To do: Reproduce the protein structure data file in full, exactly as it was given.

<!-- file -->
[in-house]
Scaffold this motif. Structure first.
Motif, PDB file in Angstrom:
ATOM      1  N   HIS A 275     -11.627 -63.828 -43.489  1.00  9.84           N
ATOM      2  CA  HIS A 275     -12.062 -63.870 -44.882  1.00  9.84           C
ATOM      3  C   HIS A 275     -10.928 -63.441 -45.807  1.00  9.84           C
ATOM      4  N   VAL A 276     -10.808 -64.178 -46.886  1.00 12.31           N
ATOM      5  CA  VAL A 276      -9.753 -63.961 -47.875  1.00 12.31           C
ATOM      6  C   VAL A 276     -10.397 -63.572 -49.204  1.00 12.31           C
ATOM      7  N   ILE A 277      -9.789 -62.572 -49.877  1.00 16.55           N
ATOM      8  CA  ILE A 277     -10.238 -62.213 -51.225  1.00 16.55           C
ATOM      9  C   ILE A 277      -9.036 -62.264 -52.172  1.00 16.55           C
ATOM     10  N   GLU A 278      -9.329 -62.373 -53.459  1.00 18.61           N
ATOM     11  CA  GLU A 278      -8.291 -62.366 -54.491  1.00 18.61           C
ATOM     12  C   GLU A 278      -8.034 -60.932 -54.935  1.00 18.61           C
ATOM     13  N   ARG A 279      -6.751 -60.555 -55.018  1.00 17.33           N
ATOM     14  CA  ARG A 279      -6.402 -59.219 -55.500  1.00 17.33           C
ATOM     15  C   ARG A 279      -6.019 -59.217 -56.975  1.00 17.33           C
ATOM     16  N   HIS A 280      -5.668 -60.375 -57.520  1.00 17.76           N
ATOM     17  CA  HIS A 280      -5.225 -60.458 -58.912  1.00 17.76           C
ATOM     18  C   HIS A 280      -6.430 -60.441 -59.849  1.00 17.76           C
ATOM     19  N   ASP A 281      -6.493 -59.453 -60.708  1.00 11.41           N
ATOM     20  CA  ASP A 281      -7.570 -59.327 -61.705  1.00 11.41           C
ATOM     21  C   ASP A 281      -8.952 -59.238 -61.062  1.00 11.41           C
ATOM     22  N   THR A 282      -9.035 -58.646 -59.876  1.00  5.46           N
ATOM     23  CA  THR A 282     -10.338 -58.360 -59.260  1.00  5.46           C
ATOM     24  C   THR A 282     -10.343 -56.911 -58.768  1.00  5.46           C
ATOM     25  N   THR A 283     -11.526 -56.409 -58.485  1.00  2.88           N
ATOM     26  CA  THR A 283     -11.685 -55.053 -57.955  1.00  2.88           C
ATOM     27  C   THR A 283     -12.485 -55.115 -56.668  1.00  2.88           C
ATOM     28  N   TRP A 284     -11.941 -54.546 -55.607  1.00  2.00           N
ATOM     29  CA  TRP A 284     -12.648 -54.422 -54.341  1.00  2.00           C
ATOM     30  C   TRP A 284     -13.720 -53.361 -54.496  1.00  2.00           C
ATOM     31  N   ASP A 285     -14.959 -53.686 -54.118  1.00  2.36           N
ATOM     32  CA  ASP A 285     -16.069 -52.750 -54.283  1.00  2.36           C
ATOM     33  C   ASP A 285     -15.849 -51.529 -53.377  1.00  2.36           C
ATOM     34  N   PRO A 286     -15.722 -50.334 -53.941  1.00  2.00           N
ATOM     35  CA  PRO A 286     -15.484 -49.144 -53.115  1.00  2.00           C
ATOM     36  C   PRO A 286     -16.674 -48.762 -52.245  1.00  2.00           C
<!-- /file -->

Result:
[in-house]
Scaffold this motif. Structure first.
Motif, PDB file in Angstrom:
ATOM      1  N   HIS A 275     -11.627 -63.828 -43.489  1.00  9.84           N
ATOM      2  CA  HIS A 275     -12.062 -63.870 -44.882  1.00  9.84           C
ATOM      3  C   HIS A 275     -10.928 -63.441 -45.807  1.00  9.84           C
ATOM      4  N   VAL A 276     -10.808 -64.178 -46.886  1.00 12.31           N
ATOM      5  CA  VAL A 276      -9.753 -63.961 -47.875  1.00 12.31           C
ATOM      6  C   VAL A 276     -10.397 -63.572 -49.204  1.00 12.31           C
ATOM      7  N   ILE A 277      -9.789 -62.572 -49.877  1.00 16.55           N
ATOM      8  CA  ILE A 277     -10.238 -62.213 -51.225  1.00 16.55           C
ATOM      9  C   ILE A 277      -9.036 -62.264 -52.172  1.00 16.55           C
ATOM     10  N   GLU A 278      -9.329 -62.373 -53.459  1.00 18.61           N
ATOM     11  CA  GLU A 278      -8.291 -62.366 -54.491  1.00 18.61           C
ATOM     12  C   GLU A 278      -8.034 -60.932 -54.935  1.00 18.61           C
ATOM     13  N   ARG A 279      -6.751 -60.555 -55.018  1.00 17.33           N
ATOM     14  CA  ARG A 279      -6.402 -59.219 -55.500  1.00 17.33           C
ATOM     15  C   ARG A 279      -6.019 -59.217 -56.975  1.00 17.33           C
ATOM     16  N   HIS A 280      -5.668 -60.375 -57.520  1.00 17.76           N
ATOM     17  CA  HIS A 280      -5.225 -60.458 -58.912  1.00 17.76           C
ATOM     18  C   HIS A 280      -6.430 -60.441 -59.849  1.00 17.76           C
ATOM     19  N   ASP A 281      -6.493 -59.453 -60.708  1.00 11.41           N
ATOM     20  CA  ASP A 281      -7.570 -59.327 -61.705  1.00 11.41           C
ATOM     21  C   ASP A 281      -8.952 -59.238 -61.062  1.00 11.41           C
ATOM     22  N   THR A 282      -9.035 -58.646 -59.876  1.00  5.46           N
ATOM     23  CA  THR A 282     -10.338 -58.360 -59.260  1.00  5.46           C
ATOM     24  C   THR A 282     -10.343 -56.911 -58.768  1.00  5.46           C
ATOM     25  N   THR A 283     -11.526 -56.409 -58.485  1.00  2.88           N
ATOM     26  CA  THR A 283     -11.685 -55.053 -57.955  1.00  2.88           C
ATOM     27  C   THR A 283     -12.485 -55.115 -56.668  1.00  2.88           C
ATOM     28  N   TRP A 284     -11.941 -54.546 -55.607  1.00  2.00           N
ATOM     29  CA  TRP A 284     -12.648 -54.422 -54.341  1.00  2.00           C
ATOM     30  C   TRP A 284     -13.720 -53.361 -54.496  1.00  2.00           C
ATOM     31  N   ASP A 285     -14.959 -53.686 -54.118  1.00  2.36           N
ATOM     32  CA  ASP A 285     -16.069 -52.750 -54.283  1.00  2.36           C
ATOM     33  C   ASP A 285     -15.849 -51.529 -53.377  1.00  2.36           C
ATOM     34  N   PRO A 286     -15.722 -50.334 -53.941  1.00  2.00           N
ATOM     35  CA  PRO A 286     -15.484 -49.144 -53.115  1.00  2.00           C
ATOM     36  C   PRO A 286     -16.674 -48.762 -52.245  1.00  2.00           C